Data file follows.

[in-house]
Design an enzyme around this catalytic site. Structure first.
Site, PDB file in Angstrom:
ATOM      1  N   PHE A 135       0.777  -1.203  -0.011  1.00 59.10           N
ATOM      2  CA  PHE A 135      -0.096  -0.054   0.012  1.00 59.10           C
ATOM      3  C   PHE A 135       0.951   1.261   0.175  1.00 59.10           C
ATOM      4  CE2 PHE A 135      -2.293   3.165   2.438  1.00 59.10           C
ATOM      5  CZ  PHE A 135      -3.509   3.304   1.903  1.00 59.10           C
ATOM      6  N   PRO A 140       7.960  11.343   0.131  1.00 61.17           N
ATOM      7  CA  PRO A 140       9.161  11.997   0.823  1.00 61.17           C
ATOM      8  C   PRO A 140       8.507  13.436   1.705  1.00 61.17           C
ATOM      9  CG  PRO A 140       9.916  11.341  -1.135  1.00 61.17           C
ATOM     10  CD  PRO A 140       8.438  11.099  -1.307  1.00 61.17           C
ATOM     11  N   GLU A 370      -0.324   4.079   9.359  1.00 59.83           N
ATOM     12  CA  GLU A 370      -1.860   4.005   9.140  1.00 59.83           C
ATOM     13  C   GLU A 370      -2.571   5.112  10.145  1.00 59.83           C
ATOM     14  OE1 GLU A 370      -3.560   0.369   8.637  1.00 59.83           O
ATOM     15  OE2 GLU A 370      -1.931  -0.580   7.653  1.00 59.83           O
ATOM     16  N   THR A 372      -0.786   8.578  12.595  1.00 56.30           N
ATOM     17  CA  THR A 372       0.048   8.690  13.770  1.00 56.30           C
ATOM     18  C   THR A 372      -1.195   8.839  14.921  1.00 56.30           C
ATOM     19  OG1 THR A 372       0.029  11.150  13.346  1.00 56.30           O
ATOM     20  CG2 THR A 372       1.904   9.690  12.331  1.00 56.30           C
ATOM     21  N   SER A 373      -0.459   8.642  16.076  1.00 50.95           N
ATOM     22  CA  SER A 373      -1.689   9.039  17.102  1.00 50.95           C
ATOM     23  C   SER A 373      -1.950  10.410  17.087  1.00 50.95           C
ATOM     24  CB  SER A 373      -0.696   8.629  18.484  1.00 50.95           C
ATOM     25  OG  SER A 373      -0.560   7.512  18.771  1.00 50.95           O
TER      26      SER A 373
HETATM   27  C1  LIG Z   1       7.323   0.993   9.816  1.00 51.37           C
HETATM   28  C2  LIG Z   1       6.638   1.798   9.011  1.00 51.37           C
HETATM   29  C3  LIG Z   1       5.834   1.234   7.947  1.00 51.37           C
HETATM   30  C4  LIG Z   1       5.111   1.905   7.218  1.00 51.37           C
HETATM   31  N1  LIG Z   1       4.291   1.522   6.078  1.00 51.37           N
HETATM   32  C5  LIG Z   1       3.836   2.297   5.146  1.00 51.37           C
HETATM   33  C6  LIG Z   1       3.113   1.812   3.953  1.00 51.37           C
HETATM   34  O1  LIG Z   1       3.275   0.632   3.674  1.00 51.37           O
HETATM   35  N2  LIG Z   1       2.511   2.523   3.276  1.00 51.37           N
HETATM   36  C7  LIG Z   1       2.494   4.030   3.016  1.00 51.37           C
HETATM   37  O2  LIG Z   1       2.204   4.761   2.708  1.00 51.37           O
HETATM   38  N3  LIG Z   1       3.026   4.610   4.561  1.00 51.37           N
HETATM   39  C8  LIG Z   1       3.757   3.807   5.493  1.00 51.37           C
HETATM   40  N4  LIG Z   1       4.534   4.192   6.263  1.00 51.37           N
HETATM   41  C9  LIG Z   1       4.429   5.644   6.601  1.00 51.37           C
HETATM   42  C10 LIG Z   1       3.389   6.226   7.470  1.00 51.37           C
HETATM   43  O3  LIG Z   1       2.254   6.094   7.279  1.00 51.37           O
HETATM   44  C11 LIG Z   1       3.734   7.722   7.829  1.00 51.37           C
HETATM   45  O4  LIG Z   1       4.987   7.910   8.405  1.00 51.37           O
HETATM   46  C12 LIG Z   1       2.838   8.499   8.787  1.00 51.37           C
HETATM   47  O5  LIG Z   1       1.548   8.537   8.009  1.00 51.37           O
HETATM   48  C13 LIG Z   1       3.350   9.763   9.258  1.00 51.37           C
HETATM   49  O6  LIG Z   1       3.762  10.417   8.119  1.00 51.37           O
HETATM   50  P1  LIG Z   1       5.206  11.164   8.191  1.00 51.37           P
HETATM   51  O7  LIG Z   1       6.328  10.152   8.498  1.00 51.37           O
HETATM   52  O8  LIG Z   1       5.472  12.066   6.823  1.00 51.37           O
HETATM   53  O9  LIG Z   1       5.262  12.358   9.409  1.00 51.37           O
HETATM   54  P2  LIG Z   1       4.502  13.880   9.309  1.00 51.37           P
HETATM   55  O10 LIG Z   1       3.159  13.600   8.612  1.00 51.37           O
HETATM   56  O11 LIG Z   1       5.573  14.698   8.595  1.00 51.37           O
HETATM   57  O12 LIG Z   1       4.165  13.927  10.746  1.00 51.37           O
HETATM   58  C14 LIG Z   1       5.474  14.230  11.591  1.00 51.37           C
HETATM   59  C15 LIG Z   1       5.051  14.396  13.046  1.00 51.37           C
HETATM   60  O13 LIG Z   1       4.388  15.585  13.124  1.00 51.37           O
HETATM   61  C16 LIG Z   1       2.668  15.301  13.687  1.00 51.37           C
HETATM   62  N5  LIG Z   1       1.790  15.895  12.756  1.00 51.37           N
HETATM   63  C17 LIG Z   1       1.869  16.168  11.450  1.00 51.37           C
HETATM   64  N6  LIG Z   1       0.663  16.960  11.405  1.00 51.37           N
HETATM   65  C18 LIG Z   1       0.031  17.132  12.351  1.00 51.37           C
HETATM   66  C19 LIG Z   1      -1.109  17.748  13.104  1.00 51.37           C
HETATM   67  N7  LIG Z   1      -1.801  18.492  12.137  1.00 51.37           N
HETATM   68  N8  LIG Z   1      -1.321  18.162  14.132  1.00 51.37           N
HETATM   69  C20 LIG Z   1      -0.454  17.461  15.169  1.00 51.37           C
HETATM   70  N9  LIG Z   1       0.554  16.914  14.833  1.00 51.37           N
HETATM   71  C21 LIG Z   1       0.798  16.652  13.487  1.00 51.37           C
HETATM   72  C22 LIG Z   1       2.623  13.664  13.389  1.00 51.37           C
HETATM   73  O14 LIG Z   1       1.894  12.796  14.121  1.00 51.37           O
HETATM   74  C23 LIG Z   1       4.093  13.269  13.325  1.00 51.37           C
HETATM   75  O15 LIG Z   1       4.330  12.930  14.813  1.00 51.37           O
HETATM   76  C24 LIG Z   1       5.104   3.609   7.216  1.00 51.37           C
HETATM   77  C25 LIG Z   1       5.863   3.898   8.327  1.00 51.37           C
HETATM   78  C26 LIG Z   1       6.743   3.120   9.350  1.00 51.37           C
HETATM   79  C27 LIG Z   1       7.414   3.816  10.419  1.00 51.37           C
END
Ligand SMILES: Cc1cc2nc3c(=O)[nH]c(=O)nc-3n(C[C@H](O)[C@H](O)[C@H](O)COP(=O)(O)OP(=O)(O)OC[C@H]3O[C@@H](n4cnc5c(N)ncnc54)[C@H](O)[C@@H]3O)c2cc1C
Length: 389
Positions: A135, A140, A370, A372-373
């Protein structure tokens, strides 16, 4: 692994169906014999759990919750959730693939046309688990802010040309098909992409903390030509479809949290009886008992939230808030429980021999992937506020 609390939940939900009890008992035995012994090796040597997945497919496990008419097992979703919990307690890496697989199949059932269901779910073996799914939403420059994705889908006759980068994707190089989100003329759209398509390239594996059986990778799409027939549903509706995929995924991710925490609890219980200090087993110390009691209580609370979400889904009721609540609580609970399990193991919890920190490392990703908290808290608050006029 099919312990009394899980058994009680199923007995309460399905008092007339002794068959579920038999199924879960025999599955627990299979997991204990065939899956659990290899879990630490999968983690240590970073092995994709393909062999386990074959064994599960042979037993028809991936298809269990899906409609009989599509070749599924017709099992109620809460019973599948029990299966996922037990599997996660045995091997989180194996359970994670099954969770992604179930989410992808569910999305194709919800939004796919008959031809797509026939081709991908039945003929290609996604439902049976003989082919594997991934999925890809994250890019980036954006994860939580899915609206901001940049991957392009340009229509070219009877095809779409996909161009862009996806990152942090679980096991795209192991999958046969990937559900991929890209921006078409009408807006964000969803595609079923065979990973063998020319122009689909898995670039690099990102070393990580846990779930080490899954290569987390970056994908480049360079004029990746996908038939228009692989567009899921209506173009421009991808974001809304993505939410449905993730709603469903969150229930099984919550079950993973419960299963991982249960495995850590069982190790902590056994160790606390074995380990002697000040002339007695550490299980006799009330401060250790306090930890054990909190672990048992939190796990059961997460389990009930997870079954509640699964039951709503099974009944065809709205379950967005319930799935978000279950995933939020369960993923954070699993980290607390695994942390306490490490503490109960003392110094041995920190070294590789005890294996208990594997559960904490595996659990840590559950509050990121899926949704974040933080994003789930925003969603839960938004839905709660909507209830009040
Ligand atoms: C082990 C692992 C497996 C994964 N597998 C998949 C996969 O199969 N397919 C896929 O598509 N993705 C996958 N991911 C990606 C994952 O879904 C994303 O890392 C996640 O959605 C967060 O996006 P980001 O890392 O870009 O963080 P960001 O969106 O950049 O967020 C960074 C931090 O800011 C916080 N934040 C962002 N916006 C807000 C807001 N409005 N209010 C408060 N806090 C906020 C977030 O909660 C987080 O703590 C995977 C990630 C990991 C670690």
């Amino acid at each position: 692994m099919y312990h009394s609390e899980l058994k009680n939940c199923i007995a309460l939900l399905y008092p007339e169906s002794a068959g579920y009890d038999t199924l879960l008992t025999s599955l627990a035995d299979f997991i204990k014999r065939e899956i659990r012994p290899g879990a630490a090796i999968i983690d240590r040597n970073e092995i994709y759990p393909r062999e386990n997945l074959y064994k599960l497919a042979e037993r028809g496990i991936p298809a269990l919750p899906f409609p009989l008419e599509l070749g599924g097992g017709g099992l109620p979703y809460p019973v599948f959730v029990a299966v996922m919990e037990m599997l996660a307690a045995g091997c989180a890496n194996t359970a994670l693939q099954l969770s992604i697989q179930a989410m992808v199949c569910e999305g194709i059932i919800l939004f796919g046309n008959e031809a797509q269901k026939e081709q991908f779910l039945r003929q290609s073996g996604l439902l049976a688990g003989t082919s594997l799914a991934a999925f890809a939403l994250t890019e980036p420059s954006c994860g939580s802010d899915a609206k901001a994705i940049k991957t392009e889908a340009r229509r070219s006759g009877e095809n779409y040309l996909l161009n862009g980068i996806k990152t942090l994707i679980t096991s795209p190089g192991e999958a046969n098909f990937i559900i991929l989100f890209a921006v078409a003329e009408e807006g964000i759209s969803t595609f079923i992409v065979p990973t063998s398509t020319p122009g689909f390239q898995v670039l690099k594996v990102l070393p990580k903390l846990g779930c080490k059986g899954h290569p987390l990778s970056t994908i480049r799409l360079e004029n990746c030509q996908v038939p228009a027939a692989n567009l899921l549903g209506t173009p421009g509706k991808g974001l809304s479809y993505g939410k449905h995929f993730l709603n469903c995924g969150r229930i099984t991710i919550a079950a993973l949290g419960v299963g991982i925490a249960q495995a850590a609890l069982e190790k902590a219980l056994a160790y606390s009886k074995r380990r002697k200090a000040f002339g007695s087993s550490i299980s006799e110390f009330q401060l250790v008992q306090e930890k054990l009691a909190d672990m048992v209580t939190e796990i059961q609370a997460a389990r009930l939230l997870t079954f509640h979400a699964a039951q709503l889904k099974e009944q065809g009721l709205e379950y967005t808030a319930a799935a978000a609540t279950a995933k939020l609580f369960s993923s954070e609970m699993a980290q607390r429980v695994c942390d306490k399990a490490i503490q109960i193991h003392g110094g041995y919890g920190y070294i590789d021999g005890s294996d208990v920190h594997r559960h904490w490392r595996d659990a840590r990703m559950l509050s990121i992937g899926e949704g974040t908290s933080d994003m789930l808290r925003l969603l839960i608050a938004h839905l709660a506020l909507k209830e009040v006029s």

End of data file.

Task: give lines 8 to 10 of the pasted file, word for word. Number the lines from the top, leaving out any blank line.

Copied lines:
ATOM      5  CZ  PHE A 135      -3.509   3.304   1.903  1.00 59.10           C
ATOM      6  N   PRO A 140       7.960  11.343   0.131  1.00 61.17           N
ATOM      7  CA  PRO A 140       9.161  11.997   0.823  1.00 61.17           C